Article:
The Copyright Act 2021 has introduced fair use exceptions that will ensure that copyright works are reasonably available for use by the general public. One exception introduced to boost research and innovation is the use of works for computational data analysis. Copyright works, if lawfully accessed (e.g. without circumventing paywalls) may be used for computational data analysis (e.g. sentiment analysis, text and data mining, and training machine learning) without first seeking the permission of the copyright owner. Another exception is the use of online materials for educational purposes. Teachers and students can use freely available online materials for educational purposes, as long as the source and date of access are cited and the material is sufficiently acknowledged (e.g. identification of the author and the title or description of the work). Any digital communication of the materials must be done on the educational institution’s internal network or on the Ministry of Education’s Student Learning Space. If the teacher or student is informed that the source material used infringes copyright, they must stop using the material.
Click here for the full text of the Copyright Act 2021.
Streamlining process for registration of intellectual property assets
On 12 January 2022, parliament approved changes to intellectual property laws, which simplify and streamline the process for registering intellectual property assets.
One proposed change to intellectual property laws is to allow partial acceptance for national trade mark applications, which is already permitted for international trade mark applications and a common practice in other jurisdictions. Currently, when businesses apply to register a trade mark across multiple types of goods and a similar trade mark already exists for one particular type of good, the entire application is temporarily halted. The introduction of partial acceptance would therefore allow the trade mark to be registered for the categories of goods and services where there are no objections.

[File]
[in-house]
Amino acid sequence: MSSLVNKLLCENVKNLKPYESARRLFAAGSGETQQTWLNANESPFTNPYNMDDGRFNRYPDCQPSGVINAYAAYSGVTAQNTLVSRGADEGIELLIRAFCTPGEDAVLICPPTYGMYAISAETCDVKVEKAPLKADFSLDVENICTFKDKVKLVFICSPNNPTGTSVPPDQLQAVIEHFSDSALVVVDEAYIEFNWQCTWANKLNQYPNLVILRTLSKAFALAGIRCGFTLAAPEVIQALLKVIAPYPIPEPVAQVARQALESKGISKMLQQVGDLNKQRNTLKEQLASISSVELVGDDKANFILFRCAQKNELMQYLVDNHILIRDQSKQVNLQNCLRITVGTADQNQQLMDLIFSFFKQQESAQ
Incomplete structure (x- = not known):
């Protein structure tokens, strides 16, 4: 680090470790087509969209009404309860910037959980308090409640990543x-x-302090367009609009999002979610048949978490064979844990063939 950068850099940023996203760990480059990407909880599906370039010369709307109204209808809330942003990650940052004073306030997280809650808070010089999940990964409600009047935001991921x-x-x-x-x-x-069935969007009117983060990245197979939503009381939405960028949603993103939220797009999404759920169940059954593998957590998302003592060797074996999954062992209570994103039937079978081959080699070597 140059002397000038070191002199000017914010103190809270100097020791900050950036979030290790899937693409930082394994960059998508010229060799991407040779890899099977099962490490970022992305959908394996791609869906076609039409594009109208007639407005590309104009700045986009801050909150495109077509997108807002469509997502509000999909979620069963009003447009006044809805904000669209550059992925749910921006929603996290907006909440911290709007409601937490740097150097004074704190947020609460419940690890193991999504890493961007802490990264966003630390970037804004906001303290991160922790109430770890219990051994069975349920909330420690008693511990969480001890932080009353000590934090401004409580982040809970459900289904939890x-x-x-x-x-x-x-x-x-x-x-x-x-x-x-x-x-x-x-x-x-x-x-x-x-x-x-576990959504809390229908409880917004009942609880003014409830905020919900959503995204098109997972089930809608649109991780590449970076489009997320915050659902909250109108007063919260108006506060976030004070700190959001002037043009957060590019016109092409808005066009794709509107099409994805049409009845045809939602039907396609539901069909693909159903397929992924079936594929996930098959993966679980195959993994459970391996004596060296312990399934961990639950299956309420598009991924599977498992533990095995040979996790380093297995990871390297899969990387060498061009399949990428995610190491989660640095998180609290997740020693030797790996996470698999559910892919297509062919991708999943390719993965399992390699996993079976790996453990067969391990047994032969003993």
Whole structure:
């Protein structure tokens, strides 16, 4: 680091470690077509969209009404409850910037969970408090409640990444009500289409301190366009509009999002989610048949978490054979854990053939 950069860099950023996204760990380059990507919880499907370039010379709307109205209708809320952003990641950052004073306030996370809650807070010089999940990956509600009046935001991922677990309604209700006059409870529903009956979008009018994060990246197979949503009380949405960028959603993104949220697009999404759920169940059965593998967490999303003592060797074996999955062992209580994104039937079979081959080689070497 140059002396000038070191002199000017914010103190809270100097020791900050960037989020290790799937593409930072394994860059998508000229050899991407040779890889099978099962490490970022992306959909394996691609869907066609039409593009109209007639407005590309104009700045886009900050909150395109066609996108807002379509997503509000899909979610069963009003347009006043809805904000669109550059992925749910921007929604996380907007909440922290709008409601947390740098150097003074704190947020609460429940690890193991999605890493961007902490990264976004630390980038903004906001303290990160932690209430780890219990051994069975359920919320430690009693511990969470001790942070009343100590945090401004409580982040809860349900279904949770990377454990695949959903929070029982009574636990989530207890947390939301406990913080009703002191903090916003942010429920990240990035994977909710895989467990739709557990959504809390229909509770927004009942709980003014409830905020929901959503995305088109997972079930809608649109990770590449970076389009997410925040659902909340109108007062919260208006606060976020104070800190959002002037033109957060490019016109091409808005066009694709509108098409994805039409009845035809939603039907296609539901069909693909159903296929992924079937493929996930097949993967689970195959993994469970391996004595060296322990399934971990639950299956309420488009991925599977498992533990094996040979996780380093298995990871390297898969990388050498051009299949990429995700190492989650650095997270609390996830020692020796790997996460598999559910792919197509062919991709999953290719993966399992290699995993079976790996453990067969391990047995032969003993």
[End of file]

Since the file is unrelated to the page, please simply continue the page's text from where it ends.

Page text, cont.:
Another proposed change to intellectual property laws is to improve public access to patent documents. The Patents Open Dossier was launched in 2017 so that inventors and the public can better understand why patents were sought or had been granted in Singapore. The proposed change would allow the Intellectual Property Office of Singapore to make such documents available to the public, even if there are no requests for the documents.
Click here for the Second Reading on the Intellectual Property (Amendment) Bill 2021.
Further clarification on the patentability of computer-implemented inventions
Under Australian law, there are no specific exclusions for software or methods that are implemented as computer software or a related project. Such inventions are patentable only if what is substantially claimed meets manufacturing requirements and, in particular, is not a mere scheme, abstract idea or information. The point is whether the computer is integral to the invention in that a method embodied in the software solves a technical problem within the computer and whether the invention solves a technical problem outside the computer (possibly in different fields of technology that have their own technical problems) or results in an improvement in the functioning of the computer.
Following a series of decisions by the Commissioner of Patents where patents were successfully claimed for computer-implemented inventions, the Full Federal Court of Australia in Repipe Pty Ltd v Commissioner of Patents  FCAFC 223 has agreed with the lower court’s findings that the invention, the subject of its two innovation patents, was not “patentable subject matter”. The decision concerned two patent applications brought by Repipe Pty Ltd that disclosed systems and methods for providing information to field workers by way of a central computer server connected to a GPS-enabled mobile device.